My surprising discovery came when I looked at the lyrics of the top ten Christian songs. But the story does not begin there. It all started when the teacher/facilitator of our Sunday adult class requested that I fill in for him. On what aspect of our faith, I asked, should I help the class to focus on? Then something came to mind.
Songs to God as Creator?
Not long before that, and for another group, I had prepared a devotional on worshiping God as Creator. In John’s vision of the worship in heaven, the 24 elders are saying, "You are worthy, our Lord and God, to receive glory and honor and power, for you created all things, and by your will they were created and have their being" (Revelation 4:11). The motivation for this outburst of praise? The mind-boggling truth that God created absolutely everything.
As I developed that devotional, I began to ask myself: How often do we Christ-followers sing about God as Creator? In the grand sweep of the scriptural story, God has revealed himself as Creator, Sustainer, Redeemer, and Restorer. I thought back on decades of experience as part of the church. I suspected that we sing a whole lot about God as Redeemer—grateful for personal forgiveness—but not so much about him as Creator.
True, some songs—although it seems we rarely sing them anymore—do celebrate the Creator. For instance, “For the Beauty of the Earth,” “How Great Thou Art,” and “This is My Father’s World.” But what is happening today? I wondered. Have songs about God's grace as our Redeemer displaced songs about his role as our Creator?
A Look at the Top-Ten Songs
In an attempt to answer that question, I typed into my Google search box “top ten Christian song lyrics.” In a flash, links to a number of websites showed up. I clicked on the first one. And there they were—in ranked order—all ten of the current, Christian, chart-topping songs. One by one, I copied the lyrics for all the songs and pasted them into a single Word document.
The Word program, of course, can “find” individual words. So I searched on “creator.” No matches. “Creation.” Nope. I tried “maker.” Nothing. Although I was disappointed, it did confirm what I had suspected. Then I thought, well . . . as long as I have this document open with all ten of the current popular Christian songs, I’ll search on ten other words to see how many times each of them appears in the whole group of lyrics. Here’s what I discovered:
The results of this tiny bit of research took me by surprise. In the ten songs, 374 words were all about first person singular: I (I’m), me, and my. The absence of openly biblical words like God, Jesus, Spirit, Kingdom, and Cross alarmed me. True, most of the 90 “you” words apparently referred to God or Jesus—but since they were never named, that pronoun remained anonymous. For example, “You give me so much” could refer to a caring human being. Which raised a question in my mind: To reach the top of the charts, must Christian songwriters avoid terms like God and Jesus and Spirit? For that question I have no answer.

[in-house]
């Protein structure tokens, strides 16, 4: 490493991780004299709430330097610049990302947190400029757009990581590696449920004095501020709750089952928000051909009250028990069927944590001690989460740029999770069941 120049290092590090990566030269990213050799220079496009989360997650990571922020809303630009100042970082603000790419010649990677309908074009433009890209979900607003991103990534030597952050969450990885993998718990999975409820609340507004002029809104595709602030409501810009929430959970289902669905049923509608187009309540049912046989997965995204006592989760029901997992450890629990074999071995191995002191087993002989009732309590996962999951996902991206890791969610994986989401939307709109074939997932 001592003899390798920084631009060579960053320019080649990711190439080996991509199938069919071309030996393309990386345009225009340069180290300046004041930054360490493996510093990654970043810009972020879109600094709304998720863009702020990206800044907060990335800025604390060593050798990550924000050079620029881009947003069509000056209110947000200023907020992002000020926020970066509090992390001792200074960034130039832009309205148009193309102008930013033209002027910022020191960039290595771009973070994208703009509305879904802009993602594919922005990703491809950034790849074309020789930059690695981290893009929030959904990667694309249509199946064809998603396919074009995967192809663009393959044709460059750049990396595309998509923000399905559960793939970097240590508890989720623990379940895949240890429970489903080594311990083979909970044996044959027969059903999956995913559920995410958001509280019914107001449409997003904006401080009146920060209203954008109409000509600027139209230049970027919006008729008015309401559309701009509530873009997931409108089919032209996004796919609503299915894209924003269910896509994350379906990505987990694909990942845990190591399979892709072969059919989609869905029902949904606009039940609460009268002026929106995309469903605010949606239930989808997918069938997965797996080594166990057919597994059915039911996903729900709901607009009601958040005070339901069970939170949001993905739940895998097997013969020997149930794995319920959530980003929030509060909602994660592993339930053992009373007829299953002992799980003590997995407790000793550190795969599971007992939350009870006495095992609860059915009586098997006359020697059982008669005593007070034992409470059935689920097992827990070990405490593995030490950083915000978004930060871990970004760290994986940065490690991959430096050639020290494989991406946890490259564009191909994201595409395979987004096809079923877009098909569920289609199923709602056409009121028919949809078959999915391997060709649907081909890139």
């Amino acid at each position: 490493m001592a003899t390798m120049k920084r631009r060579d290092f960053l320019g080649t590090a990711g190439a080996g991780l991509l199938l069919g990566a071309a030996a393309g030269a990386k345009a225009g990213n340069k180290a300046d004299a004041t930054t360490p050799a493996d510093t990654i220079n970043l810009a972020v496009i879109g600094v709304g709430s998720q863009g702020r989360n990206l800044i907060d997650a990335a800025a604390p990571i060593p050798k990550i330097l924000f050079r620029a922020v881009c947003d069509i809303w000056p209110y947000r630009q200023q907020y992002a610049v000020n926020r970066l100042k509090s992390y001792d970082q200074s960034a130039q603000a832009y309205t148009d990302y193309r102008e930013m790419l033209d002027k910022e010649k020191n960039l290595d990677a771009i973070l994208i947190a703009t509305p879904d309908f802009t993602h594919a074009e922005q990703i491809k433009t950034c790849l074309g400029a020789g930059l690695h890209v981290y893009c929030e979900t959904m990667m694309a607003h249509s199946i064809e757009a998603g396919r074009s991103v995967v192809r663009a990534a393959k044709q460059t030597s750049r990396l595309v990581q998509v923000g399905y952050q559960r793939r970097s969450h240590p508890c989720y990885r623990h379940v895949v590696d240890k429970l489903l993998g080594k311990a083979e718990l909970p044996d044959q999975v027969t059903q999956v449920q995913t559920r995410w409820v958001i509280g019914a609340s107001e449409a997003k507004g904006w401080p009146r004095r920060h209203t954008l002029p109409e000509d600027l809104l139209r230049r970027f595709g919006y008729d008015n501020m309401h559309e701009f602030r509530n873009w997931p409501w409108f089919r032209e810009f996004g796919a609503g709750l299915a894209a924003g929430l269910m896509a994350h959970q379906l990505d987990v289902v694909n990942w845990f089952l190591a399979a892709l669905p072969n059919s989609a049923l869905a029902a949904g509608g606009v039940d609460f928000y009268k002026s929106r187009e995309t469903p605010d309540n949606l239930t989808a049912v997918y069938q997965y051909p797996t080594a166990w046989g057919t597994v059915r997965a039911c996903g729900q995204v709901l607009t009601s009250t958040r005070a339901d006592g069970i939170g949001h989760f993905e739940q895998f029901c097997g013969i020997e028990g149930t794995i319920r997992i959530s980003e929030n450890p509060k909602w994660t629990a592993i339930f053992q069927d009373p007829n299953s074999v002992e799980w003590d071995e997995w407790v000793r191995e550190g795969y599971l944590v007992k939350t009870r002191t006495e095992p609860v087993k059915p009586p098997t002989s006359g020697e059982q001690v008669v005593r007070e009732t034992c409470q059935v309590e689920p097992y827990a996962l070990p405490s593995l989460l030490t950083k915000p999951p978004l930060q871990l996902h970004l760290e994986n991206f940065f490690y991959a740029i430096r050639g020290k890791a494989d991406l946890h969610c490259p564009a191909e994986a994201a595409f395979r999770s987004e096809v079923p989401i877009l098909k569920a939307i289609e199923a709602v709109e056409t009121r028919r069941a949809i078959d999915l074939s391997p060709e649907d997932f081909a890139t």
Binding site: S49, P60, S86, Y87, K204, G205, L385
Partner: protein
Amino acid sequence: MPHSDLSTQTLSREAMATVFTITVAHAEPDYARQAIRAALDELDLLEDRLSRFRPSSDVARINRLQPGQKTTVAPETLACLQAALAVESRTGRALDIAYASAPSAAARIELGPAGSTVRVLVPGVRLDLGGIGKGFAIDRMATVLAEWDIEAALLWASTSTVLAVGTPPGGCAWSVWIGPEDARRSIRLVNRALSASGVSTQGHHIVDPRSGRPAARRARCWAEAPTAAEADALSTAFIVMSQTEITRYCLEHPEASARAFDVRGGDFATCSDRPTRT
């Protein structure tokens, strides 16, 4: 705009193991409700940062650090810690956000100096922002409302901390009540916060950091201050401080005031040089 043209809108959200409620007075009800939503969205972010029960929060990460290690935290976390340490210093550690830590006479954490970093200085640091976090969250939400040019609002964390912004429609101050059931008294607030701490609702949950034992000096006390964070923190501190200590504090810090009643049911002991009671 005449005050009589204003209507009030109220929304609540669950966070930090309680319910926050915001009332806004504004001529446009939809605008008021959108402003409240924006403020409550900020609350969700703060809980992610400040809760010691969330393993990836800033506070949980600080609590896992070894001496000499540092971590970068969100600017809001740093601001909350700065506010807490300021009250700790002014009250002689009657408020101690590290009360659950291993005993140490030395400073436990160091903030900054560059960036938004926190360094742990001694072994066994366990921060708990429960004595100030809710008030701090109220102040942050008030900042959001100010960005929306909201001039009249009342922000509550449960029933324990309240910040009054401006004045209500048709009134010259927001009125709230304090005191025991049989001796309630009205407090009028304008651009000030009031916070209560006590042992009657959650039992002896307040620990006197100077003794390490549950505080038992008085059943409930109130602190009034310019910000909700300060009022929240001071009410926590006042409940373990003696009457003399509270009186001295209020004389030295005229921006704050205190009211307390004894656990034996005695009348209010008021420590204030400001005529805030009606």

These songs did not reach top-ten standing by their use in church meetings. Instead, their ranking came from how often they were aired on radio--probably along with some digital sales and streaming activity data added in. And yet the music heard through those media regularly finds its way into Sunday mornings as well. How can a church make certain that its music includes biblical terms that clearly identify the Trinity and communicate a well-rounded biblical theology? How can a church ensure that its songs include a full spectrum of truth about God as Creator, Sustainer, Redeemer, and Restorer?
Letting the Body of Christ Choose the Songs
My October 19, 2017, blog, “Participatory Church Music Choice" (click here), suggests a way to safeguard the selection of songs we sing when we gather. In summary, the idea is to practice shared church. When it comes to music, this means giving members of Christ’s body a voice in choosing it. Almost any church includes young, middle-aged, and older people. Given the opportunity, each will pick songs that speak to them and express their hearts. This will make way for current songs, not-so-new songs, and those that have stood the test of time.
Such participation will greatly enrich the repertoire of any church's music. The selections will not be limited to the musical preferences of just one or two people week after week. Instead, when “everyone has a hymn” (I Cor. 14:26) or psalm or spiritual song, the door will open to the whole range of God’s revelation of himself. Here are some examples--and samples--of songs the diverse members of a congregation might choose:
What we sing when the church gathers does not have to reflect someone’s top 10, top 20, or top 100 list. Instead, the songs should come from the hearts of those who love the God who reveals himself in Scripture, in his Creation, and supremely in his son, Jesus Christ. Shared church includes restoring to all members of Christ’s Body their rightful role of contributing to each other—even through songs in which they hear God’s voice.